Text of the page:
‘No wonder Trump hates the BBC’: BBC’s Chris Morris on Trump’s ‘biggest media failure’

The Trump administration is looking to kill off the BBC and other American media outlets, the Associated Press has reported.

Reuters reports that the Trump administration will propose a $1.6 billion cut to the federal budget, while eliminating the National Endowment for the Humanities and the National Museum of African American History and Culture.

Reuters reported that the move is aimed at cutting the budgets of the Broadcasting Board of Governors, the US’ top news agency.

The proposal, which Reuters describes as a “drastic” one, would also affect the National Film and Television Archive, which the AP reports would be shuttered.

Reuters said the budget cuts could affect the future of American newsrooms, especially those that produce investigative reporting.

“As we know from history, if the government is not able to fund journalism, it becomes increasingly difficult for journalists to produce new information and that means fewer opportunities for people to make a living,” the AP quoted a spokesperson for the Office of Management and Budget as saying.

The Trump White House has said that it will also consider cutting funding for the American Institute of Architects, which advocates for preservation of historic buildings and historic districts.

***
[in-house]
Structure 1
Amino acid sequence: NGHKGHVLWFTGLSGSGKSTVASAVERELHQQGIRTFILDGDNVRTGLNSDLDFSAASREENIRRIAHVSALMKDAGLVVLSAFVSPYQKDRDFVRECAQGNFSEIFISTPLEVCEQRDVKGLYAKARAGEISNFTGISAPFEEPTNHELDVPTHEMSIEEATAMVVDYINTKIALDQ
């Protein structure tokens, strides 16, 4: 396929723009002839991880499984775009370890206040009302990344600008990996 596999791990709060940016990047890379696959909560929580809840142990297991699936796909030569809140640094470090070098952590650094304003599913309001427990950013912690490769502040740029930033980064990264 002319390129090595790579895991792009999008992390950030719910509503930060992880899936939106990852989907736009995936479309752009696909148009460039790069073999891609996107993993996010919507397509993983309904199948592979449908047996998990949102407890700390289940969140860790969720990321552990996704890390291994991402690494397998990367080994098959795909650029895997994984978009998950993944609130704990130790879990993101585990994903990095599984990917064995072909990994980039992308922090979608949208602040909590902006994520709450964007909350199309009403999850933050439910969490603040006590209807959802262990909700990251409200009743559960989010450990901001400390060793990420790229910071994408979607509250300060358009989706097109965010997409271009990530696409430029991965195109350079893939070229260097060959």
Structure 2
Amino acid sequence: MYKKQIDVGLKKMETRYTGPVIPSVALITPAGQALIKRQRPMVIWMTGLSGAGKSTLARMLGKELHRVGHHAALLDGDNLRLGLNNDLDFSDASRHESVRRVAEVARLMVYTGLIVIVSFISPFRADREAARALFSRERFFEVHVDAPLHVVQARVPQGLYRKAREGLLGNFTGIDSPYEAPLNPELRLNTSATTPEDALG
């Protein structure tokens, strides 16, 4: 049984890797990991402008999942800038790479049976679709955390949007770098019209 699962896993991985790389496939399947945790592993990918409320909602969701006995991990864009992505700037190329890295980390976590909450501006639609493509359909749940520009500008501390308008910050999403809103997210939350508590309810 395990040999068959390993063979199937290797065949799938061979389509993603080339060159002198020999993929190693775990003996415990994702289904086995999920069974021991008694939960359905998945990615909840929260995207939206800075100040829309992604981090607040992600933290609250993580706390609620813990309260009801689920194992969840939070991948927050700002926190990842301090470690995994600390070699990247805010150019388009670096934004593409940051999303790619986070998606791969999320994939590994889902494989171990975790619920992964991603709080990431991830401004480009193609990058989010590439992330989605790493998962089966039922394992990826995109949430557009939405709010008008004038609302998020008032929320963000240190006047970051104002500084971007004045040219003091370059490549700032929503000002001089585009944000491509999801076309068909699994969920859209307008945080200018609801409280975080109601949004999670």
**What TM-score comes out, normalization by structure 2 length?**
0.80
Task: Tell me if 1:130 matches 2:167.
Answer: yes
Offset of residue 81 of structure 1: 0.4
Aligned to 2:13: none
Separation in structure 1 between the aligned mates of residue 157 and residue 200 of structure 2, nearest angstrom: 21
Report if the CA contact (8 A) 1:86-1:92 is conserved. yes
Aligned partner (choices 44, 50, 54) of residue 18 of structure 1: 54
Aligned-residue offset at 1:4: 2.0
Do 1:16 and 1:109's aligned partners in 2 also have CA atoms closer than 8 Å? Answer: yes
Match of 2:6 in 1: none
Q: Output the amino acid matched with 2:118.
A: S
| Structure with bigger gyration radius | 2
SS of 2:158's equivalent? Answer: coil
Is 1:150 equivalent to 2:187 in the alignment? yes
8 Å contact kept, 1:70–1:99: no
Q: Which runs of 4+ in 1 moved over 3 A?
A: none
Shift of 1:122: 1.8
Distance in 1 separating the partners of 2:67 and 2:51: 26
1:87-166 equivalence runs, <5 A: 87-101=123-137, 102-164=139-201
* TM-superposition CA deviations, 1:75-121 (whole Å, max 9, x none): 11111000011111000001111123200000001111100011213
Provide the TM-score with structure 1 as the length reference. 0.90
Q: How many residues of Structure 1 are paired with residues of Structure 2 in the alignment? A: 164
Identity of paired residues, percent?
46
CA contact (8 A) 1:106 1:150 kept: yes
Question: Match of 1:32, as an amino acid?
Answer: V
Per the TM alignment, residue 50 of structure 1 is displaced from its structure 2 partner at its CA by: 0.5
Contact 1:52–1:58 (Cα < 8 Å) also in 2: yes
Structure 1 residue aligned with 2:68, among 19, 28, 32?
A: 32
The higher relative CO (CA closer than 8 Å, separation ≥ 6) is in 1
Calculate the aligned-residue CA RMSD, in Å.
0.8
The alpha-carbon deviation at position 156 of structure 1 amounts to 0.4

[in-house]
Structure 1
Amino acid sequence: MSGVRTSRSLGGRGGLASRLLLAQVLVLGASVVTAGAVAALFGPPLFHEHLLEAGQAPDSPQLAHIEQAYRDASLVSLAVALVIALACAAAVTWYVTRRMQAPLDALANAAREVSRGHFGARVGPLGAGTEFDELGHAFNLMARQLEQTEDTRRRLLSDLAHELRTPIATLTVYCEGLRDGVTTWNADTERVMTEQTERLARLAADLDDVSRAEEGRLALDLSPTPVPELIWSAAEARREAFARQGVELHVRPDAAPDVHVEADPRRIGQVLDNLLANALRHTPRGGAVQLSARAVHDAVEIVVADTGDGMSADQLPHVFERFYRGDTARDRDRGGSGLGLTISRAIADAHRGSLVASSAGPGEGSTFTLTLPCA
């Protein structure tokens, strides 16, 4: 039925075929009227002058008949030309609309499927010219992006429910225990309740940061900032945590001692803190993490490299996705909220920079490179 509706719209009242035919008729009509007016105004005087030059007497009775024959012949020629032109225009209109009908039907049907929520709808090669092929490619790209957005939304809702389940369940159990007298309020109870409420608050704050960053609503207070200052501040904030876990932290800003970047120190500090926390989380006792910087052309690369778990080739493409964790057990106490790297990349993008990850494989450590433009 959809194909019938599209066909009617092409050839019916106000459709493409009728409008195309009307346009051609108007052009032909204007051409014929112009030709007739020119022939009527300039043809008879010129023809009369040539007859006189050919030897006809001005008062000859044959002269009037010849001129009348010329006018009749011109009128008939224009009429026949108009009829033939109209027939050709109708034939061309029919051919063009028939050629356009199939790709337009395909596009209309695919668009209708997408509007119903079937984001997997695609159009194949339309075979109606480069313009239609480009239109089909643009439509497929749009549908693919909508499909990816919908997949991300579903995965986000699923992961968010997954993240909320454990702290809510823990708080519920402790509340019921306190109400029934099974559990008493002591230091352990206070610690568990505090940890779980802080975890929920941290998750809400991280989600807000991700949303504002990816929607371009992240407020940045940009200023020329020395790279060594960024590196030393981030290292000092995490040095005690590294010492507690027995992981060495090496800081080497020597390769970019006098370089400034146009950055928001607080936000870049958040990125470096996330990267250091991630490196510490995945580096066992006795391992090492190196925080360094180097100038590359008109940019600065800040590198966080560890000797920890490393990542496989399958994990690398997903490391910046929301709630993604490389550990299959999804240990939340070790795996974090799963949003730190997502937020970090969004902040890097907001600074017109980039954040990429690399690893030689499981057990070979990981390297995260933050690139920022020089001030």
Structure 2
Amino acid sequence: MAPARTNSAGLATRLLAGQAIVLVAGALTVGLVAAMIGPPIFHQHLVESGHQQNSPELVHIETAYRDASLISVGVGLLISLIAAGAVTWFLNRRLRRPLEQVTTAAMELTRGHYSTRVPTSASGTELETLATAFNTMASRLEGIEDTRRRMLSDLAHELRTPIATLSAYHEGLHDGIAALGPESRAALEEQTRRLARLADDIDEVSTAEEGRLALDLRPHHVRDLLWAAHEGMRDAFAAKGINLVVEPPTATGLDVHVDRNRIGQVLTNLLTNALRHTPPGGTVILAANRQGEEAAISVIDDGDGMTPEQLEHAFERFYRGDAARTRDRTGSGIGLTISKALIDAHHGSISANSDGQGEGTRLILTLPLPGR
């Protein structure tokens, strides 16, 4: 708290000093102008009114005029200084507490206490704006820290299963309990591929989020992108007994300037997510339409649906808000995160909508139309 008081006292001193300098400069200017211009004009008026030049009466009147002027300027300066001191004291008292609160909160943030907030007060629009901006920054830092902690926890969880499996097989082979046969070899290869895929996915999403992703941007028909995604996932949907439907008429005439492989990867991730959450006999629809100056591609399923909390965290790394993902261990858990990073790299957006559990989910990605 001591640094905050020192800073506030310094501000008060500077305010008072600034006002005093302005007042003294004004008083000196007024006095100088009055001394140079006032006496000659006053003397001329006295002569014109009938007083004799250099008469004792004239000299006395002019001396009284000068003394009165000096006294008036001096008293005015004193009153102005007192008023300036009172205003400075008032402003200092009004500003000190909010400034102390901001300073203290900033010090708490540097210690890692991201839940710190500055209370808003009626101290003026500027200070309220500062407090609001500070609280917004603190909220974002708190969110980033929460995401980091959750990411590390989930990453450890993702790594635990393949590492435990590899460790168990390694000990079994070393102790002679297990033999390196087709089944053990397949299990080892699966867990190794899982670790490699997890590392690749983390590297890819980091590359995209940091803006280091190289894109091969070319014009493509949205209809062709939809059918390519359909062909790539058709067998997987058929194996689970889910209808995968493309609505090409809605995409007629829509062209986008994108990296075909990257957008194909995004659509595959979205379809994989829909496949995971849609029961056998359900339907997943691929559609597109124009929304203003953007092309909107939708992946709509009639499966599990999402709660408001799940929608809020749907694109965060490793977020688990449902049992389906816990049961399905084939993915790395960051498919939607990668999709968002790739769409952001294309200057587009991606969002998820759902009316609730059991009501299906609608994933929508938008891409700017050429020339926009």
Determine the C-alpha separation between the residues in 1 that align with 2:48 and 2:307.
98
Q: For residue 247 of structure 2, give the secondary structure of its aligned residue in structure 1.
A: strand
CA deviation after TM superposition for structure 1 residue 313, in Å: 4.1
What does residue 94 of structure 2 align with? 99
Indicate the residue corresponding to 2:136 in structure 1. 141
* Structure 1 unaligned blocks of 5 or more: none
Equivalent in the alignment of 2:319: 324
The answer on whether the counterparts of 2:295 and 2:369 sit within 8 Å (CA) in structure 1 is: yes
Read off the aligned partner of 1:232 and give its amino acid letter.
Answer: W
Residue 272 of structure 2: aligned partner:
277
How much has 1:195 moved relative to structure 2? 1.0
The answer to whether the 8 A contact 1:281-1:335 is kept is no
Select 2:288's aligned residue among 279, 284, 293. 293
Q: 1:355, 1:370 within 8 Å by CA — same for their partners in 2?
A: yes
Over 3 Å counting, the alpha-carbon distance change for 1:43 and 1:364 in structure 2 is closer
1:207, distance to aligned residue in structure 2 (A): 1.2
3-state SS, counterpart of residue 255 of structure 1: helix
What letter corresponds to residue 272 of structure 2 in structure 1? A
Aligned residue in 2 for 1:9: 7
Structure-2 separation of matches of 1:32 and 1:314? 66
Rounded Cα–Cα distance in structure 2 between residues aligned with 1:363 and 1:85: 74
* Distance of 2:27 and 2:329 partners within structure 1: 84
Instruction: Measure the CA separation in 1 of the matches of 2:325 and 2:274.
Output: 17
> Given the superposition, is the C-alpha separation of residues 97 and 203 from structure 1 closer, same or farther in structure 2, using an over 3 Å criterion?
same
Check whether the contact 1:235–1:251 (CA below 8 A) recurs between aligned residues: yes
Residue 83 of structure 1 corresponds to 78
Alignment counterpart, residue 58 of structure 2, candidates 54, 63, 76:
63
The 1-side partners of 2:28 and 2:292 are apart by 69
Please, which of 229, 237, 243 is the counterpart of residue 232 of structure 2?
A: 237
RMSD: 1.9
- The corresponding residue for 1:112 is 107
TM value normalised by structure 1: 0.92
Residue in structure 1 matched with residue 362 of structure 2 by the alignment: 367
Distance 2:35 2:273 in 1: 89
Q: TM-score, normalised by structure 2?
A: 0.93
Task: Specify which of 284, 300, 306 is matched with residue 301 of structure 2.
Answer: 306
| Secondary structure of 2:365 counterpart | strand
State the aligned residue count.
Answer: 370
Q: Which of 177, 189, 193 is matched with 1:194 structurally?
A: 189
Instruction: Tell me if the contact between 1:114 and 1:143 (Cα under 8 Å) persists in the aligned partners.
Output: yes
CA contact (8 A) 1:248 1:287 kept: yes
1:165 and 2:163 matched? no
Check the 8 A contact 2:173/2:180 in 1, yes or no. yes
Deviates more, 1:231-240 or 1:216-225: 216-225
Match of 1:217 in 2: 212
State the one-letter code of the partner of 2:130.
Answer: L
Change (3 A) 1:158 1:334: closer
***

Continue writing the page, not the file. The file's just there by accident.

The AP reported that, in a letter to the president, the National Archives said that the White House had not been able to meet its commitments to the agency, which would save it $50 million in the next two years.

The president has previously said that he is willing to cut funding for institutions that serve the public interest, like museums and libraries.

The proposed cuts are likely to face opposition from civil rights and advocacy groups, who are already demanding that the administration provide more information on the proposed cuts.

The Associated Press reported that one of the proposals the administration is expected to announce is to cut the number of federal public broadcasting employees by one-fifth, from approximately 2,000 to 800.

The budget proposal is also expected to eliminate the National Park Service, which is tasked with protecting national parks and other public spaces.